Can automation create happiness?
Henry Zhou, General Manager of Omron, posed this question to a group of university students in Sydney recently.
Mr Zhou was invited as a guest lecturer at Macquarie University, with more than 150 students from the Department of Marketing and Management in attendance.
“Machines can do more to unleash human potential,” Mr Zhou explained during the thought provoking presentation. “Together with machines, people can experience more joy in their lives.”
“And machines can expand human possibilities and bring about a better society and greater fulfilment for people.”
During the lively address he posed a number of questions to students and rewarded them with chocolates for correct answers.
Mr Zhou gave the students a broad overview of the Omron Group, which employs some 39,000 people worldwide and turns over of A$9.15 billion annually.
Omron, a world leader in automation, has a proud history spanning 82 years.
“Omron is probably best known in Australia as a supplier of healthcare equipment, said Mr Zhou. “But this only represents about 12 percent of its total business.”
Other business divisions include:
· Industrial automation
· Auto electronic components
· Electronic and mechanical components
· Social systems solutions and service.
Mr Zhou explained how automation solutions are changing the world.
“We are evolving from traditional labour intensive production lines to fully automated lines,” he said.
This includes automatic production and quality control, automatic packaging and automatic guided vehicles.
Omron has provided automation solutions for leading companies throughout Australia and New Zealand through six direct sales offices and eleven distributors in regional areas.
Omron's underlying philosophy is "Working for the benefit of society.”
Its core values are “innovation driven by social needs, challenging ourselves and respect for all.” The company’s main strengths include its high quality products and outstanding service.
“Omron is big enough to deliver and smart enough to listen.”
This has been Omron’s catch cry for many years now and it’s starting to pay dividends, with the last three years all experiencing sales growth.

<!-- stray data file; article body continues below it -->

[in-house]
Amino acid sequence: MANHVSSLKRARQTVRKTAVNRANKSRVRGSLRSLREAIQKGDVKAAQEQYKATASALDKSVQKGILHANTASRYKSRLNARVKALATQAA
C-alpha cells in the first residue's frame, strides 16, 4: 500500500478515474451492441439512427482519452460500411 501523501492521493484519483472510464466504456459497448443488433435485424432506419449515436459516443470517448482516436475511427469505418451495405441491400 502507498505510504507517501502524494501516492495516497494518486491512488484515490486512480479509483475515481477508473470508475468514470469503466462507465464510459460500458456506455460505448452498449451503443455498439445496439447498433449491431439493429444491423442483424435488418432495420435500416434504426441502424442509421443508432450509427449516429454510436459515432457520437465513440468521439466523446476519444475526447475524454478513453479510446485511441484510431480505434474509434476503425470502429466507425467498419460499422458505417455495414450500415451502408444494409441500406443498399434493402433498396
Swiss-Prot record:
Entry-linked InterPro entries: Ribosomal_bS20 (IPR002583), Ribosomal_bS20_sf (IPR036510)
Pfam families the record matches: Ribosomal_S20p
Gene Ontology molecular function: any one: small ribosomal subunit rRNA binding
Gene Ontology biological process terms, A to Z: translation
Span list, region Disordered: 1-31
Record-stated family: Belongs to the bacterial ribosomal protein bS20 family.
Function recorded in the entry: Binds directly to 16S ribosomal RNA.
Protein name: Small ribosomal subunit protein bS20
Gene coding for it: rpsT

“That we’ve achieved our growth in a tough market, where many competitors’ sales are declining, vindicates our strategy all the more” Mr Zhou said proudly.
“In order to maintain our success, we will continue to add value for our customers.” Mr Zhou has recognised so many things have changed in a short period of time.
Ecommerce for example, has become a viable alternative for some people to the traditional bricks and mortar shops. It’s important we at Omron adopt new methods of marketing and doing business.
"We are expanding into newer areas to look for new business," said Mr Zhou. "We are utilising more modern methods, like 'contents marketing', using social media to reach a greater audience, and thereby more potential customers."
Mr Zhou challenged the students by setting an assignment for them, to create a new hypothetical marketing strategy for Omron.
Students can work either individually or as a group, and will be under the watchful eye of Professor Yue Wang and his band of PhD tutors. Professor Wang has published widely in top journals and received the best paper award from Harvard University. He is highly regarded in the field of International Business and Strategy.
Professor Wang invited a number of leading companies in different industries to share their success stories with the students, Omron as being one of them.
“Mr Zhou’s speech received overwhelmingly positive feedback from Macquarie University students,” said Professor Wang.
“We’ll be very keen to see what these undergraduates come back with. I’m sure they’ll bring a whole new way of thinking and will be able to apply what they’ve learnt,” said Mr Zhou.
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